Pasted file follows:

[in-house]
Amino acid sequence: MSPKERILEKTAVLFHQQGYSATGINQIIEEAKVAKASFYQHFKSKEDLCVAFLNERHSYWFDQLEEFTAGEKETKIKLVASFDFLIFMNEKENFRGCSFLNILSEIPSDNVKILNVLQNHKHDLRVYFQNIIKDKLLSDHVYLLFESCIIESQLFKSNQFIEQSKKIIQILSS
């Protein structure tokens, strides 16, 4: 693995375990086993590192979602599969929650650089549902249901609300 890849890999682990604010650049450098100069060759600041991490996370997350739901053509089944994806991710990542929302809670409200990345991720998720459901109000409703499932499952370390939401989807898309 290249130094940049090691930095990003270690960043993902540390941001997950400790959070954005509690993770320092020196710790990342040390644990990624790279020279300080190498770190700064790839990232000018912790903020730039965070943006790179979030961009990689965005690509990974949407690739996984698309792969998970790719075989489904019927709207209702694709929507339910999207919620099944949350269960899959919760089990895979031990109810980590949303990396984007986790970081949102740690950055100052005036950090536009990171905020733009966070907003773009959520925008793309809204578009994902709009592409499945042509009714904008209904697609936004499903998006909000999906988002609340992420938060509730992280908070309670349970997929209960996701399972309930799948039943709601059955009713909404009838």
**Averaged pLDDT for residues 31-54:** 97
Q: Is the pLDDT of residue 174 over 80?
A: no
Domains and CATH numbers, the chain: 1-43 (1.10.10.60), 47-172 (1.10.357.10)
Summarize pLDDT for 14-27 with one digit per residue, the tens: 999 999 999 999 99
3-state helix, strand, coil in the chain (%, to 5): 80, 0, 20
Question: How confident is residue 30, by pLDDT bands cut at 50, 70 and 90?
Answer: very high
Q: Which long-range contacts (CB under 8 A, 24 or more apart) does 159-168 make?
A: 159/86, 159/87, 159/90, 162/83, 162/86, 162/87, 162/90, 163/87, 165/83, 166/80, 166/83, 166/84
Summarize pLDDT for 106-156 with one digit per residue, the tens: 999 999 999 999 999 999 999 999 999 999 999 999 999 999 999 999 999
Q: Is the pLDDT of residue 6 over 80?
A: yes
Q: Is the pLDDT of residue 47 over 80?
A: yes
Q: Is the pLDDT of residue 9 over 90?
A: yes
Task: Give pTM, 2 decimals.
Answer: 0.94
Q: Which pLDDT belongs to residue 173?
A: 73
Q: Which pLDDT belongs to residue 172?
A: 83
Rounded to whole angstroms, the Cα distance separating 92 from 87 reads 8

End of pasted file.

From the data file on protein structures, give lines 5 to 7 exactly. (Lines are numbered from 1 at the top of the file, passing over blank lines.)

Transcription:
Q: Is the pLDDT of residue 174 over 80?
A: no
Domains and CATH numbers, the chain: 1-43 (1.10.10.60), 47-172 (1.10.357.10)